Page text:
I discussed the problem in my book:

Thus, a problem of scribal technology persists. While technology for gathering and processing information has advanced almost exponentially, the accepted means of communicating this new information is stuck in a scribal format that is literally thousands of years old: the written word. Scholars have yet to adopt alternative means by which to receive and redistribute information developed and communicated in three-dimensional format. Far too many scholars are insisting that technologically minded scholars communicate digital information by analog means. Digital journals and online publications are a step in the right direction, but even these new digital publications are made to look like the traditional written pages of journals in many instances, rather than harness and utilize the interactive connectivity and visual capabilities available on the Internet.

While the three-dimensional modeling of archaeological reconstructions is an improvement upon its hand-drawn predecessor, the full power of three-dimensional modeling cannot be realized because three-dimensional models are rendered into static illustrations of what was an otherwise dynamic environment. While three-dimensional modeling is a vast improvement over two-dimensional representations, the lack of a means by which to fully experience the three-dimensional model leaves the interactive power of the three-dimensional model untapped. In order to fully harness the power of the three-dimensional model, a virtual reality environment must be adopted. Only when an effective means of communicating three-dimensional data is accepted by the academy will the potential of this new technology be fully realized.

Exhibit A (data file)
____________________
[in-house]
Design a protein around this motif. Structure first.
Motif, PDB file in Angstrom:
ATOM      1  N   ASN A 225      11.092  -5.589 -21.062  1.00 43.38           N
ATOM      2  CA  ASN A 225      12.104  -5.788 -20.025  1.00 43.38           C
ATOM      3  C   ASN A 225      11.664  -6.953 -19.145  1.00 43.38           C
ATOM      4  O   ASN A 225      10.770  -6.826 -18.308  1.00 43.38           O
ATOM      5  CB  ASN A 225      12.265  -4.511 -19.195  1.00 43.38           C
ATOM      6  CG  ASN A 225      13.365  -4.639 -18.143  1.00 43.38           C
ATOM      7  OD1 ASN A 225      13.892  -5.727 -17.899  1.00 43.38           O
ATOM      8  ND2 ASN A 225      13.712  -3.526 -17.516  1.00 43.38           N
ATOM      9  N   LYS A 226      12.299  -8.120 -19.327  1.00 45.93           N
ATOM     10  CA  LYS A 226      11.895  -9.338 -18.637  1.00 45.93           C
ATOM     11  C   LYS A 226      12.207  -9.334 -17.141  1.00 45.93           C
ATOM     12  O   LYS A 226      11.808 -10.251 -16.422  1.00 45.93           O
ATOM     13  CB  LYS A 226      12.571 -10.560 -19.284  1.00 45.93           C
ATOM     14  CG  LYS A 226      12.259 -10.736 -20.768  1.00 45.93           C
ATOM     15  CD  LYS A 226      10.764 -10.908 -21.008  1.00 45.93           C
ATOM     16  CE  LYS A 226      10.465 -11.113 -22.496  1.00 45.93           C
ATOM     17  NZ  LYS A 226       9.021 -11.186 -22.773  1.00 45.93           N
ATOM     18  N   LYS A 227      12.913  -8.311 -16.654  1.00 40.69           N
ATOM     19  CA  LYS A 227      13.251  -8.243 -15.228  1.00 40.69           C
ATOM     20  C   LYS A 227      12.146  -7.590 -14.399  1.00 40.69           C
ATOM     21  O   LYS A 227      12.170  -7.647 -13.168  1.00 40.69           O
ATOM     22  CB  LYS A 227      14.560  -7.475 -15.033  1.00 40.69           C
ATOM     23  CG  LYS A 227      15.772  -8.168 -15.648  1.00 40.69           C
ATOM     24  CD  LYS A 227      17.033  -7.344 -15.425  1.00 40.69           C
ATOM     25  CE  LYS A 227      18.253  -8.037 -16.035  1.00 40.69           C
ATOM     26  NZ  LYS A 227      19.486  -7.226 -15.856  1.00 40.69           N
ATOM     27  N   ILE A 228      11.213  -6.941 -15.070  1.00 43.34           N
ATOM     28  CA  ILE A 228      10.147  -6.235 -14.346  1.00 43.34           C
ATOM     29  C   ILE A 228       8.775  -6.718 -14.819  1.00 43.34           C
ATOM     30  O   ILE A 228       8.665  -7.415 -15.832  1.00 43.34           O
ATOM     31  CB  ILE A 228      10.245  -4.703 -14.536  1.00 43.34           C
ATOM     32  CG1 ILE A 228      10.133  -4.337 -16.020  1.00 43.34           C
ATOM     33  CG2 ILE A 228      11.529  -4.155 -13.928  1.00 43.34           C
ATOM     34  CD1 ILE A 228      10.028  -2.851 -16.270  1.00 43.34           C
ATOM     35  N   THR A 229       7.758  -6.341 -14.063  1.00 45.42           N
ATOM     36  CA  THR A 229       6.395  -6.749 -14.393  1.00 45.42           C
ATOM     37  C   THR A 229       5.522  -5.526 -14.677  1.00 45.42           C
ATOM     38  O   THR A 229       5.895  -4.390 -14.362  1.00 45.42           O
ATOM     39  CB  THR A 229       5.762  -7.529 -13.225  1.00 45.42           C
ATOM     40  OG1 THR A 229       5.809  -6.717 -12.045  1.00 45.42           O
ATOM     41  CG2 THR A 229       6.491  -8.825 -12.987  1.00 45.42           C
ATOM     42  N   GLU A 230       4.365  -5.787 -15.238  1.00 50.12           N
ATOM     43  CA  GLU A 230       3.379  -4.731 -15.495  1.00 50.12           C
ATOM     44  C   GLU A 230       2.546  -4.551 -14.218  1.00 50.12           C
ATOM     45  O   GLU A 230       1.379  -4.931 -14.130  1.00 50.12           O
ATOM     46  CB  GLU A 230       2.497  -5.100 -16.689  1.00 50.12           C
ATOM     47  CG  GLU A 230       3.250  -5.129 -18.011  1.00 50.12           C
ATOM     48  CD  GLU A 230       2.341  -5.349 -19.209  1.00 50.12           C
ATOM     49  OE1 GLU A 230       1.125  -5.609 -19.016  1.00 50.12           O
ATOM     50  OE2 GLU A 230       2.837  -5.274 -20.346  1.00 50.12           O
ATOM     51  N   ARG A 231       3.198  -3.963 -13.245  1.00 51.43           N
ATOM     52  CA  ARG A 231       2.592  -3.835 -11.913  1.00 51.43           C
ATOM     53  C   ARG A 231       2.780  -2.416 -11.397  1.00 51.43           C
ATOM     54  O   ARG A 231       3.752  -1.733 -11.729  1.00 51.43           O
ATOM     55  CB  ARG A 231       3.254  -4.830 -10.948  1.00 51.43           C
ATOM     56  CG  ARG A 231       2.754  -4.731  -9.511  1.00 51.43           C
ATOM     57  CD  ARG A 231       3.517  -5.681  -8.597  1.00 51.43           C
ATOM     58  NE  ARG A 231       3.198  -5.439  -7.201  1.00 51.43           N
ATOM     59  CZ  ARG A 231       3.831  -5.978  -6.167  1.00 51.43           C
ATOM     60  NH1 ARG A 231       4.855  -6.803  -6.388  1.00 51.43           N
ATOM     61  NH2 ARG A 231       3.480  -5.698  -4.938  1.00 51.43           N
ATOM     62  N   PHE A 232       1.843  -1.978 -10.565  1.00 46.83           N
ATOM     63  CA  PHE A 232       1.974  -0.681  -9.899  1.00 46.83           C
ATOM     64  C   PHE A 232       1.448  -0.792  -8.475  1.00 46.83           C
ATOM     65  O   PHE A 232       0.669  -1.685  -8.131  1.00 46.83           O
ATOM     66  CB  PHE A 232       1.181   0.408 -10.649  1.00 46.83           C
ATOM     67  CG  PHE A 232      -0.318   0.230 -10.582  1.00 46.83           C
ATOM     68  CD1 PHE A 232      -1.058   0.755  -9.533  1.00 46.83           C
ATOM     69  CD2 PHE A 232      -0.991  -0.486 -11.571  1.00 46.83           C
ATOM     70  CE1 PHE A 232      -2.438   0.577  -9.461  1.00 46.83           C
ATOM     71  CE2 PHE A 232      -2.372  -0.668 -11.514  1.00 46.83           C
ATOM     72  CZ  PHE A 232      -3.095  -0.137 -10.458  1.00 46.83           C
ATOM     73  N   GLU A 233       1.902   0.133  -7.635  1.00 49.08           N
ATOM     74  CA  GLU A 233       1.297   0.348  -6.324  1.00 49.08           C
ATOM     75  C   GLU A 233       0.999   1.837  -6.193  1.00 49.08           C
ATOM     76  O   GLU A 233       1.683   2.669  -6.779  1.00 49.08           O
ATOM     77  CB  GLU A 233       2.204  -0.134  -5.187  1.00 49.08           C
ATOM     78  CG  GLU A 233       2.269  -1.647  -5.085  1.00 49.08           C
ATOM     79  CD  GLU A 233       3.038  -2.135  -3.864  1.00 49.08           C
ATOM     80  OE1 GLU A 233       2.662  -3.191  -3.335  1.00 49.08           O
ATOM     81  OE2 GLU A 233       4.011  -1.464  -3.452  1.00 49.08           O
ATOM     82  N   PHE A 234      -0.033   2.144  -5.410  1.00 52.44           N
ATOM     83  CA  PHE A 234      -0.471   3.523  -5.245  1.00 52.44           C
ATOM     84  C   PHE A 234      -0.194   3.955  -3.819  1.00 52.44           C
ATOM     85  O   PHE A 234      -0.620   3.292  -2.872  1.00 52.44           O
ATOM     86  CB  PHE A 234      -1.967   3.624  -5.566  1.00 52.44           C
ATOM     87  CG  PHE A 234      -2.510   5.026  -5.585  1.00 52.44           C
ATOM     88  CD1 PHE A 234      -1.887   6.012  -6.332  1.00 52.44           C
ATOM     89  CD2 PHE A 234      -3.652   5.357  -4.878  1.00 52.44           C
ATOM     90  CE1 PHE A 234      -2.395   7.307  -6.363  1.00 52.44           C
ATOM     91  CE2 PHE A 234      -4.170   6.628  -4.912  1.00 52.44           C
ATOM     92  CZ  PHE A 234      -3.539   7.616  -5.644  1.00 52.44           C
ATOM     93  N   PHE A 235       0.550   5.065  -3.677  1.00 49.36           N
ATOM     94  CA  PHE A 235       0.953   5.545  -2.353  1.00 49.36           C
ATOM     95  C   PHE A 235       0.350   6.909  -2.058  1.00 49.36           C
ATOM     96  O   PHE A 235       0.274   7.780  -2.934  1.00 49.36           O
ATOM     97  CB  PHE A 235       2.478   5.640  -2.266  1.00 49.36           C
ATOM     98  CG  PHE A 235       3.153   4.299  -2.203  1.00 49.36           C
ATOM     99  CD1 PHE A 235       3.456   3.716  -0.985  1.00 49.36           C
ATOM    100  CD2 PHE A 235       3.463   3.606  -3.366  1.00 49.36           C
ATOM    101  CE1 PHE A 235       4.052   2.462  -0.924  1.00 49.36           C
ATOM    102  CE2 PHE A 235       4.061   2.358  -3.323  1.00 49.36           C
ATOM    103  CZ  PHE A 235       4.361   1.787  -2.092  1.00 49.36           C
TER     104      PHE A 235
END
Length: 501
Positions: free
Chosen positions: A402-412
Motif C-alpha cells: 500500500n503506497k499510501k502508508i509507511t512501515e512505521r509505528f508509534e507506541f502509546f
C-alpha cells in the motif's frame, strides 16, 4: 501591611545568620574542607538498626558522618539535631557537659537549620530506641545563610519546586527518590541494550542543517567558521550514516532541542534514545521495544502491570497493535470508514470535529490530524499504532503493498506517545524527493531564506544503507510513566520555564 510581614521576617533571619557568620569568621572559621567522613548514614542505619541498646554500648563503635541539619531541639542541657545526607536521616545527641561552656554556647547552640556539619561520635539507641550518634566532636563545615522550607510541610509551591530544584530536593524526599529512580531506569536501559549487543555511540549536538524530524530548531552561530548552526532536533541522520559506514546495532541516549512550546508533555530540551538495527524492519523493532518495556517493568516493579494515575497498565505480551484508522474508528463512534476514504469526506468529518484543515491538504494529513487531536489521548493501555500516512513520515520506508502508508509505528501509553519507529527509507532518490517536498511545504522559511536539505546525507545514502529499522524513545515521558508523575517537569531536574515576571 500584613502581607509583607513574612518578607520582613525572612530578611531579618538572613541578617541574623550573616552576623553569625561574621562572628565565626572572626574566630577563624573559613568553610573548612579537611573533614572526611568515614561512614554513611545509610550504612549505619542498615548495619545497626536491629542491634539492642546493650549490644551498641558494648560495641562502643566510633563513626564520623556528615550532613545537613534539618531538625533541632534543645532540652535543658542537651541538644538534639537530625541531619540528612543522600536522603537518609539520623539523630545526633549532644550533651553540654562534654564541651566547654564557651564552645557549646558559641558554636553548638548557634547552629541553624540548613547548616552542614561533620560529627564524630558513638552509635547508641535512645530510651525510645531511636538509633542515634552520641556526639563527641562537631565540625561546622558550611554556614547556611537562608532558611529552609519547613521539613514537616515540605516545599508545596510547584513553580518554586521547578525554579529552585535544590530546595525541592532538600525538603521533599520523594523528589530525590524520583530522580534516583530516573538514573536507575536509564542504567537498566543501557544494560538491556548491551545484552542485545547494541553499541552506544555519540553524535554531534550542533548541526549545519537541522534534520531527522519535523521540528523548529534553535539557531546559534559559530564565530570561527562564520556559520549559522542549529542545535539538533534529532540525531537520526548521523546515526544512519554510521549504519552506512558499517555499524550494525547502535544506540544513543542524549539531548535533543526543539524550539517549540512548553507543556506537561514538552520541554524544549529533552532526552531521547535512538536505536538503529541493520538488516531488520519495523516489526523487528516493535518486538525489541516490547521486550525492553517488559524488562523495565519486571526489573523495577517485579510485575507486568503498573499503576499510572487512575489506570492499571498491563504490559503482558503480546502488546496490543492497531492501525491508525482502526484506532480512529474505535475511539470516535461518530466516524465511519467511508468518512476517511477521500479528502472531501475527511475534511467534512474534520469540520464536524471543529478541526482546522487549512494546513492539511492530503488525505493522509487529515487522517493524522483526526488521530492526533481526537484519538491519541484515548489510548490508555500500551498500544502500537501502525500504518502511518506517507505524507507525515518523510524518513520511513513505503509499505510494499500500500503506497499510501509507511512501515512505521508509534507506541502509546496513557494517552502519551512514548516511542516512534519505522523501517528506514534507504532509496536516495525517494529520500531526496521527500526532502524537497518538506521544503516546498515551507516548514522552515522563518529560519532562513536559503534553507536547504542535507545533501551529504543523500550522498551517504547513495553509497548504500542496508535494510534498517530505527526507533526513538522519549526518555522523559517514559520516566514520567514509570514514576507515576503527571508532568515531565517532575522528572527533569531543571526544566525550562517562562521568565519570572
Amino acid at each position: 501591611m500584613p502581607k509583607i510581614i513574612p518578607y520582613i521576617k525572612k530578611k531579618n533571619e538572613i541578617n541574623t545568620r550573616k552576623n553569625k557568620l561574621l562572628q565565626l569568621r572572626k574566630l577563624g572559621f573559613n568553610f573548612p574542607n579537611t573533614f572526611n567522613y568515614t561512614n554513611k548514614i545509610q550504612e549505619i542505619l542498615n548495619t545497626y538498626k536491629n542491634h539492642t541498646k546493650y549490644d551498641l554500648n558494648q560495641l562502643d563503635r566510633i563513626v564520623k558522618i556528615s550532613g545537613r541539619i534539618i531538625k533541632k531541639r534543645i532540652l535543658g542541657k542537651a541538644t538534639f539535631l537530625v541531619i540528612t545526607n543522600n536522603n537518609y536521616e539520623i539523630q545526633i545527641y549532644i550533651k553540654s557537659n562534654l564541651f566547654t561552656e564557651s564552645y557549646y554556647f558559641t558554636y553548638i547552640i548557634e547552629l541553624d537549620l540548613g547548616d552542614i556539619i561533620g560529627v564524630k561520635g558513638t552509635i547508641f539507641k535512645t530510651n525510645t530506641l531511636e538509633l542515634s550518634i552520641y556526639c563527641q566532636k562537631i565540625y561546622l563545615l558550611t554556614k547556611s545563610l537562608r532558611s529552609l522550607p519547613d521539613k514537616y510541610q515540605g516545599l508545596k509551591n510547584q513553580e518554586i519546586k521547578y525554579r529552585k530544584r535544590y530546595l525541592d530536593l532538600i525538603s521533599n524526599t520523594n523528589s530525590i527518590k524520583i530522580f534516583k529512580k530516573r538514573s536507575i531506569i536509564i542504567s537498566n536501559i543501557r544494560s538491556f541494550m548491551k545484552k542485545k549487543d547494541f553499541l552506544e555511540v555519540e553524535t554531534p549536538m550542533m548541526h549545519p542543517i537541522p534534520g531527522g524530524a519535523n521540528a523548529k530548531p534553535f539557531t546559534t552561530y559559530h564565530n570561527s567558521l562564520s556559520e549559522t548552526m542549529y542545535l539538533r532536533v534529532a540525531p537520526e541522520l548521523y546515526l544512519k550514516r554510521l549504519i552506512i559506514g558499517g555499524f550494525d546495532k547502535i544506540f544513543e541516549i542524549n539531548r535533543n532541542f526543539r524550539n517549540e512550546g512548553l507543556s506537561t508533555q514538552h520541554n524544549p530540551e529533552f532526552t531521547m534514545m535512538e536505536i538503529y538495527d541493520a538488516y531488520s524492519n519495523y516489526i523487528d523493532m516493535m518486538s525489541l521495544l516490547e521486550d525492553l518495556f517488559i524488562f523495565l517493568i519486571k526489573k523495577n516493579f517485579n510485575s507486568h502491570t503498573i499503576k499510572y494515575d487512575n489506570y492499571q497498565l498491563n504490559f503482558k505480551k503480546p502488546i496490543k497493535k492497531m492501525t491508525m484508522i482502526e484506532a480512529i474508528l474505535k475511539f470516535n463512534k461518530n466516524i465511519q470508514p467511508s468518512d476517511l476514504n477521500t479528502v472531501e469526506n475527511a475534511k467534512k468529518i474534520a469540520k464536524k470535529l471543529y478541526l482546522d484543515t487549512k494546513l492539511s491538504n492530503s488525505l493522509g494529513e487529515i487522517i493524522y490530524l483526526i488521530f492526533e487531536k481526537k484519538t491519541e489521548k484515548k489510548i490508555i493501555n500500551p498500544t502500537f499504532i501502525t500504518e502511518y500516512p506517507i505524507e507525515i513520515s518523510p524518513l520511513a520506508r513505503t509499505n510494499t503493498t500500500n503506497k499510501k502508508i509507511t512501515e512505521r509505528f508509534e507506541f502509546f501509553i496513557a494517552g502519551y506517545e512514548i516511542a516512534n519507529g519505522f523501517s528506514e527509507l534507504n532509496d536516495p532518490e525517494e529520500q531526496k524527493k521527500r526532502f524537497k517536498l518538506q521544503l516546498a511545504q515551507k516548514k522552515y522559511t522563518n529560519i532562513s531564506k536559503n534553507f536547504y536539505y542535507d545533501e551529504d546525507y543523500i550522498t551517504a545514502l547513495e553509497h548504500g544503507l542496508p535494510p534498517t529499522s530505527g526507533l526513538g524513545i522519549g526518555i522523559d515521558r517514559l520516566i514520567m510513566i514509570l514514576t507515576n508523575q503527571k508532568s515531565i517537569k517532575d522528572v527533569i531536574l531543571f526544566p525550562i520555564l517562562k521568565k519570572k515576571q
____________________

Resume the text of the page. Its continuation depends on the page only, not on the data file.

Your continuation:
Cargill, Robert, Qumran through (Real) Time, (Gorgias, 2009), 69-70

This research also realizes the overt incompatibility of publishing a book involving digital reconstructions in three-dimensional space in the traditional paper and ink format. It is, of course, highly ironic that this three-dimensional research is looked down upon by many, who prefer the time-honored, traditional medium of the printed book, which cannot fully convey the technological approach described within its pages. It is as incomplete as literally trying to describe a picture with a thousand words! Thus, the present research calls on scholars, publishers, dissertation committees, and departments of archaeology, architecture, and other related programs to make themselves more accommodating to newer digital forms of publication. As the word processor has replaced the typewriter, so too will digital and three-dimensional formats soon replace analog and two-dimensional formats for publishing archaeological materials. These new digital formats should not be seen as “alternative” or lesser means of publication, but as “progressive” media that are on the cutting edge of modern archaeological research.